But it would have been wrong not take action against the virus in the hope, for instance, that a hot climate would make a difference – although time will tell, says Wood. Scientists are looking at climate but the feeling is that COVID-19 is probably less impacted by environmental conditions than seasonal flu. “The other thing is we are coming in to the flu season, in the next two or three months.”

And while South Africa’s low death rate is good news, “experience of other countries would suggest we don’t take too much encouragement from that”. It is also likely there will be COVID deaths that are not counted. “We are not testing. Testing ability also changes that.”

A crucial need for more testing

Given the difficulty in identifying COVID-19 and its rapid unfolding, Wood continues, “we have to put major effort into testing”. A problem has been starting with very few tests, although there have been efforts to increase the number.

“Biotech companies around the world are also increasing the spectrum of tests.”

New research and information needs to be accessed quickly and applied straight away. “We’ve got a moving target and we’re trying to measure aspects of that moving target.”


“So this is a rapidly changing field and we need to get an idea of which tests are likely to be most successful, and then they need to be scaled up.

There are various means of testing via respiratory sampling, such as a throat or nasal swab or sputum. Testing is “changing by the minute”. There is a reasonably affordable serological test coming available from Abbot, looking for antibodies in the blood, “which is a totally different way of diagnosing the disease as opposed to respiratory samples”. There are probably also blood tests coming. “They’re all racing like mad to get these things out.”

The so-called PCR respiratory sampling test Wood’s research uses amplifies the RNA – the genetic code of the virus. The results take a long time, whereas blood and other tests may be able to provide answers in minutes, or at least an hour or two.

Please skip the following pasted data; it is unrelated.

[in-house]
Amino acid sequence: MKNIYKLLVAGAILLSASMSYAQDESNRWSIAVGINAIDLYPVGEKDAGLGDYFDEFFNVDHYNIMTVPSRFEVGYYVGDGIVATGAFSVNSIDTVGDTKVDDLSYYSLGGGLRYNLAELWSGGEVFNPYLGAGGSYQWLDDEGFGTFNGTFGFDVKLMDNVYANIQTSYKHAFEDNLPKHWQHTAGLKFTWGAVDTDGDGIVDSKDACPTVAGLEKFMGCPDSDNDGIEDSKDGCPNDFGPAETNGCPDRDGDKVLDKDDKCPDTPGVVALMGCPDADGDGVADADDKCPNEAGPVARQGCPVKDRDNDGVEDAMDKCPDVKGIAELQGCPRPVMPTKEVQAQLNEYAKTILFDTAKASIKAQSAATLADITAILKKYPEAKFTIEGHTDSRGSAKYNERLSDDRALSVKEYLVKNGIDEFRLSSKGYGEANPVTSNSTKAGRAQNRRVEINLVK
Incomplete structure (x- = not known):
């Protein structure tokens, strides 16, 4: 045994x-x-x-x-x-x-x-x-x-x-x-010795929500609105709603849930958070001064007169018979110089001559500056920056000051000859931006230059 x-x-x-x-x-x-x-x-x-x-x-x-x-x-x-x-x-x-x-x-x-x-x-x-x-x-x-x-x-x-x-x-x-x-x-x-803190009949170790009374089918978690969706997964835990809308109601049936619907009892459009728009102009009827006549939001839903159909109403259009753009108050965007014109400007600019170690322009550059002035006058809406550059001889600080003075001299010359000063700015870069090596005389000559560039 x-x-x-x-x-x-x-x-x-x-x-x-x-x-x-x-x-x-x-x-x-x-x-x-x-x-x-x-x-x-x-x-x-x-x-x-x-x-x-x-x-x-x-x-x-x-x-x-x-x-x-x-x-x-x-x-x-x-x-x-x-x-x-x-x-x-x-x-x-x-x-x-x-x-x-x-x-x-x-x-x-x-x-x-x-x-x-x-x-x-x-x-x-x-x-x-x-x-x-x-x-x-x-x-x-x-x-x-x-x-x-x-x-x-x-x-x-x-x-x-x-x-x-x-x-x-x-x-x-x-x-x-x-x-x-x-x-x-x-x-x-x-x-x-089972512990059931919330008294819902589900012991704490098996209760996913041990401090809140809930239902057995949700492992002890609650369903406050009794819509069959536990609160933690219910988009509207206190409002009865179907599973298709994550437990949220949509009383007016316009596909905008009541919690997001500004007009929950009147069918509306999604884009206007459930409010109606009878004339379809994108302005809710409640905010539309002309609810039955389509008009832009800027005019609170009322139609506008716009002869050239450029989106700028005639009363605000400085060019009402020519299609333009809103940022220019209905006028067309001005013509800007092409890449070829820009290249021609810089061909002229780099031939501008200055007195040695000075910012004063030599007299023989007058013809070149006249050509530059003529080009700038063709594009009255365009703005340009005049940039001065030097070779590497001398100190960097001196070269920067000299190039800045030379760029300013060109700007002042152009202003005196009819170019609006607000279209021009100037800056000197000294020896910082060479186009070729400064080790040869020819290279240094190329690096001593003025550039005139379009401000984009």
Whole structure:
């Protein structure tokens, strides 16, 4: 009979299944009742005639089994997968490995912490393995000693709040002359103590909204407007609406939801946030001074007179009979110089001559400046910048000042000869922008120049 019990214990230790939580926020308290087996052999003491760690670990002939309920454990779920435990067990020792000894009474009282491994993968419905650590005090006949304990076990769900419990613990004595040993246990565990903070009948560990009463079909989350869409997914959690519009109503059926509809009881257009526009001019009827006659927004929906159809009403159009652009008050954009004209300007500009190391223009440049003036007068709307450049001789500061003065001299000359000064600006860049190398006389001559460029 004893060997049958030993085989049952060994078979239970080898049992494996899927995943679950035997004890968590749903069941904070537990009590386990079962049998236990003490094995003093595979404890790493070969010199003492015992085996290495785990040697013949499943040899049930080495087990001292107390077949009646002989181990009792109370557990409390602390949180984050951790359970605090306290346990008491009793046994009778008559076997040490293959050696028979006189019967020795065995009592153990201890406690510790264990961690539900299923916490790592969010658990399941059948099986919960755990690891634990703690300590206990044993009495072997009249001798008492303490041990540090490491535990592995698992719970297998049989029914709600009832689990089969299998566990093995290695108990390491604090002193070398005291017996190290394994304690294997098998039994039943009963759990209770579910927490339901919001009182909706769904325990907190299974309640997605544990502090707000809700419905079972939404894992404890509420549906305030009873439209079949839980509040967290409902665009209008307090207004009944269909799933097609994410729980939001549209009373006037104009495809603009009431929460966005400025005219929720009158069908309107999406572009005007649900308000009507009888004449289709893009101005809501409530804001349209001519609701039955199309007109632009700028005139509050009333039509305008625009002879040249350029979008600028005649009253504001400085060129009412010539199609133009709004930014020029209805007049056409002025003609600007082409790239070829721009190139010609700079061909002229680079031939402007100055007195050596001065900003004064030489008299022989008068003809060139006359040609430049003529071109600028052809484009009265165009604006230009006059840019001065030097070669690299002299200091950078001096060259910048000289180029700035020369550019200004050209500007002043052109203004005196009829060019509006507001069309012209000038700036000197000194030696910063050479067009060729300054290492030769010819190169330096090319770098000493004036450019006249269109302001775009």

“So this is a rapidly changing field and we need to get an idea of which tests are likely to be most successful, and then they need to be scaled up.

“Because essentially we’ve got two ways of tackling this epidemic. One is social distancing and decreasing the efficiency of transmission between people, and the other is actually finding out who has got the disease – who is transmitting it, and targeting those people. That would probably be a combination of respiratory sampling and blood sampling,” Wood says.

COVID-19, TB and HIV

There have been conflicting arguments over whether COVID-19 makes South Africa, with its high HIV and TB prevalence, more or perhaps even less vulnerable. 

In Europe researchers did not find the presence of HIV to be a major factor in the pandemic, and there is not enough data to suggest antiretrovirals might be protective. “The feeling is that HIV individuals on appropriate antiretrovirals are not particularly at excessive risk compared to the rest of the population. Obviously, age is probably more important as your risk,” says Wood.

He is concerned about a possible link between COVID-19 and TB. “There was one bit of preliminary data from China to say that there may be some link between the two epidemics. Certainly I think it is an interesting area of research.”

Wood pointed out that TB and COVID present with almost identical symptoms. “There is fever, shortness of breath and body aches”. There is a need for tests appropriate for TB and appropriate for COVID-19. “People may have either-or, or both.”

It is important, Wood stresses, to see early on if there is a link between TB and COVID-19, because South Africa has the highest TB rates in the world. Importantly, the country is also in a good position to find answers.

Listen to a podcast of the MedicalBrief webinar question-and-answer session.

This article was initially published by MedicalBrief.